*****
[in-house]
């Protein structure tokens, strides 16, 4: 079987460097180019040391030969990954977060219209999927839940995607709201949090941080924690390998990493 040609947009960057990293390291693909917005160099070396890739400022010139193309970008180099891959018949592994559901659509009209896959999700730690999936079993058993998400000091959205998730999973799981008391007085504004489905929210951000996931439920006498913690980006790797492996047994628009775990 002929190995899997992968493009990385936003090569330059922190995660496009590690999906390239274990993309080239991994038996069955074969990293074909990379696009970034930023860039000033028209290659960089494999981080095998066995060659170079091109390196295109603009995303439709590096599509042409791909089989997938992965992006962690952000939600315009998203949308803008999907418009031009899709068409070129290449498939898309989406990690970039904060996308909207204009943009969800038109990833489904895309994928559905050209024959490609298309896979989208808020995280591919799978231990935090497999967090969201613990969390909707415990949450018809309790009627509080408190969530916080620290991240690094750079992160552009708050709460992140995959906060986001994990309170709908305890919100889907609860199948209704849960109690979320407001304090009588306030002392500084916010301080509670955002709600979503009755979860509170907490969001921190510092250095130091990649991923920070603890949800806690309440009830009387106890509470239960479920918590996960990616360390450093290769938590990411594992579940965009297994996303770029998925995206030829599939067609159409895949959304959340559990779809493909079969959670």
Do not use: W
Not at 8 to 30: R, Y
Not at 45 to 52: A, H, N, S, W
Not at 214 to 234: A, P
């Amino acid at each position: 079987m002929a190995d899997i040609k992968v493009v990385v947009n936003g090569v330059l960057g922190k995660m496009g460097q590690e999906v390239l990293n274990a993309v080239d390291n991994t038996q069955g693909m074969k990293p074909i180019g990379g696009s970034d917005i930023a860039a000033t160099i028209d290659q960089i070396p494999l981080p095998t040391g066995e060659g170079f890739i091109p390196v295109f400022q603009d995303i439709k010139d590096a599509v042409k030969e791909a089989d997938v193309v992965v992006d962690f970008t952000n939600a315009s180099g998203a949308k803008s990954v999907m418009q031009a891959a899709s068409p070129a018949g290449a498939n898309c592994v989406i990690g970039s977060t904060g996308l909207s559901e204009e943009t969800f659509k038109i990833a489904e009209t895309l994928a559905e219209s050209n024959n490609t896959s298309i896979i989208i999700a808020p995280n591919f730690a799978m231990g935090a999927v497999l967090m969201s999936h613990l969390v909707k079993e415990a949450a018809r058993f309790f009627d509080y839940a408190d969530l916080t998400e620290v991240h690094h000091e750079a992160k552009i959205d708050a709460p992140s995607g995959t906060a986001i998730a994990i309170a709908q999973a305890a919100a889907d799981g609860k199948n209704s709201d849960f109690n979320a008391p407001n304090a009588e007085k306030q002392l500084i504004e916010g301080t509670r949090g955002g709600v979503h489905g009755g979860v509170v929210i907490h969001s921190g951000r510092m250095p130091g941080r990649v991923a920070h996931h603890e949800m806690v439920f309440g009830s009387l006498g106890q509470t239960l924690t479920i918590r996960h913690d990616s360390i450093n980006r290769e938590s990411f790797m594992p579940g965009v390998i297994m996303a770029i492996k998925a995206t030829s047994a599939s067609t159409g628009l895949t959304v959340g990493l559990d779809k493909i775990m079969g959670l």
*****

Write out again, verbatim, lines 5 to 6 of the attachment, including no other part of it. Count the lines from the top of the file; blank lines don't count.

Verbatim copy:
Not at 45 to 52: A, H, N, S, W
Not at 214 to 234: A, P